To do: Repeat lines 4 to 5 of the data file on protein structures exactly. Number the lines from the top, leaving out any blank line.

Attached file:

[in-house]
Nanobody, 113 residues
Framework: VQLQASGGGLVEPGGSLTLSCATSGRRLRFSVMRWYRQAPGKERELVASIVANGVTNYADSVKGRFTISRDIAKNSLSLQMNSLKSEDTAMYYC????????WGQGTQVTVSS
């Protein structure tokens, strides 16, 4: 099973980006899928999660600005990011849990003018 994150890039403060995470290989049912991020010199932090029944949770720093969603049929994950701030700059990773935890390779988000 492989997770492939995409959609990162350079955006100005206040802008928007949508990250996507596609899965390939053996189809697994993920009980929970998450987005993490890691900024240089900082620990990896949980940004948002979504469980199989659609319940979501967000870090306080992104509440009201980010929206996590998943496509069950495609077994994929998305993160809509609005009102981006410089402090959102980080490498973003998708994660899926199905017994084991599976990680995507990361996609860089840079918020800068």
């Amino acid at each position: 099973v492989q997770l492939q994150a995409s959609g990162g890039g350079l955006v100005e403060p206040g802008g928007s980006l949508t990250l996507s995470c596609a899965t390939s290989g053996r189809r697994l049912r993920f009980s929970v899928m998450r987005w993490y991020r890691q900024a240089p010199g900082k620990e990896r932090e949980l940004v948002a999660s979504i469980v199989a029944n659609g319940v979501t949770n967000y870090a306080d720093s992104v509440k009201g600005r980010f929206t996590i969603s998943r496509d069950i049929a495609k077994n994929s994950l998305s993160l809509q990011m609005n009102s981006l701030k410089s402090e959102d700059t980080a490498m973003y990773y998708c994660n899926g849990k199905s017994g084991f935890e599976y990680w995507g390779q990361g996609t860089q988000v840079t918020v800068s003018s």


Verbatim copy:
């Protein structure tokens, strides 16, 4: 099973980006899928999660600005990011849990003018 994150890039403060995470290989049912991020010199932090029944949770720093969603049929994950701030700059990773935890390779988000 492989997770492939995409959609990162350079955006100005206040802008928007949508990250996507596609899965390939053996189809697994993920009980929970998450987005993490890691900024240089900082620990990896949980940004948002979504469980199989659609319940979501967000870090306080992104509440009201980010929206996590998943496509069950495609077994994929998305993160809509609005009102981006410089402090959102980080490498973003998708994660899926199905017994084991599976990680995507990361996609860089840079918020800068």
């Amino acid at each position: 099973v492989q997770l492939q994150a995409s959609g990162g890039g350079l955006v100005e403060p206040g802008g928007s980006l949508t990250l996507s995470c596609a899965t390939s290989g053996r189809r697994l049912r993920f009980s929970v899928m998450r987005w993490y991020r890691q900024a240089p010199g900082k620990e990896r932090e949980l940004v948002a999660s979504i469980v199989a029944n659609g319940v979501t949770n967000y870090a306080d720093s992104v509440k009201g600005r980010f929206t996590i969603s998943r496509d069950i049929a495609k077994n994929s994950l998305s993160l809509q990011m609005n009102s981006l701030k410089s402090e959102d700059t980080a490498m973003y990773y998708c994660n899926g849990k199905s017994g084991f935890e599976y990680w995507g390779q990361g996609t860089q988000v840079t918020v800068s003018s």